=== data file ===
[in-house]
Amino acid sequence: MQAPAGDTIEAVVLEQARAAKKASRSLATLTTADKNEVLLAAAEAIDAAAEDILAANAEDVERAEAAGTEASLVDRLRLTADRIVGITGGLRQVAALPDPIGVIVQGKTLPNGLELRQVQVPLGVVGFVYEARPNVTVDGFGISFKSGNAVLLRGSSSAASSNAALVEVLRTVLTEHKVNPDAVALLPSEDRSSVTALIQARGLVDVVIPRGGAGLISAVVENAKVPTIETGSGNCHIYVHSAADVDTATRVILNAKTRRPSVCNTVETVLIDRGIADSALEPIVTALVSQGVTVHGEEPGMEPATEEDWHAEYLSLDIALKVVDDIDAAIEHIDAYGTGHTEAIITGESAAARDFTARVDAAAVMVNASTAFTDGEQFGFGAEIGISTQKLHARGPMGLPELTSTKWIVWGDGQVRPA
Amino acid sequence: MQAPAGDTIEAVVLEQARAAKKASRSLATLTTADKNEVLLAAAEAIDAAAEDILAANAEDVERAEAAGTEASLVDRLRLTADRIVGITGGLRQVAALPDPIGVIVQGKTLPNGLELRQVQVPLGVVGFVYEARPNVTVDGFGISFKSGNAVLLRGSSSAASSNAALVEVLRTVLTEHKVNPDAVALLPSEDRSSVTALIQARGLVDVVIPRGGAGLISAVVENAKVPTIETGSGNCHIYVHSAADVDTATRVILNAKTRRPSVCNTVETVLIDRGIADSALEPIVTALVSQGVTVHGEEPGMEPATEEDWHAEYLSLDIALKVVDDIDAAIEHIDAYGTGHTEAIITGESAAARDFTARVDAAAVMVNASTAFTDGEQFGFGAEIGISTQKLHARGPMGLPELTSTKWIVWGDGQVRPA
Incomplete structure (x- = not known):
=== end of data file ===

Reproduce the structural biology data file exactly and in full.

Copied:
[in-house]
Amino acid sequence: MQAPAGDTIEAVVLEQARAAKKASRSLATLTTADKNEVLLAAAEAIDAAAEDILAANAEDVERAEAAGTEASLVDRLRLTADRIVGITGGLRQVAALPDPIGVIVQGKTLPNGLELRQVQVPLGVVGFVYEARPNVTVDGFGISFKSGNAVLLRGSSSAASSNAALVEVLRTVLTEHKVNPDAVALLPSEDRSSVTALIQARGLVDVVIPRGGAGLISAVVENAKVPTIETGSGNCHIYVHSAADVDTATRVILNAKTRRPSVCNTVETVLIDRGIADSALEPIVTALVSQGVTVHGEEPGMEPATEEDWHAEYLSLDIALKVVDDIDAAIEHIDAYGTGHTEAIITGESAAARDFTARVDAAAVMVNASTAFTDGEQFGFGAEIGISTQKLHARGPMGLPELTSTKWIVWGDGQVRPA
Amino acid sequence: MQAPAGDTIEAVVLEQARAAKKASRSLATLTTADKNEVLLAAAEAIDAAAEDILAANAEDVERAEAAGTEASLVDRLRLTADRIVGITGGLRQVAALPDPIGVIVQGKTLPNGLELRQVQVPLGVVGFVYEARPNVTVDGFGISFKSGNAVLLRGSSSAASSNAALVEVLRTVLTEHKVNPDAVALLPSEDRSSVTALIQARGLVDVVIPRGGAGLISAVVENAKVPTIETGSGNCHIYVHSAADVDTATRVILNAKTRRPSVCNTVETVLIDRGIADSALEPIVTALVSQGVTVHGEEPGMEPATEEDWHAEYLSLDIALKVVDDIDAAIEHIDAYGTGHTEAIITGESAAARDFTARVDAAAVMVNASTAFTDGEQFGFGAEIGISTQKLHARGPMGLPELTSTKWIVWGDGQVRPA
Incomplete structure (x- = not known):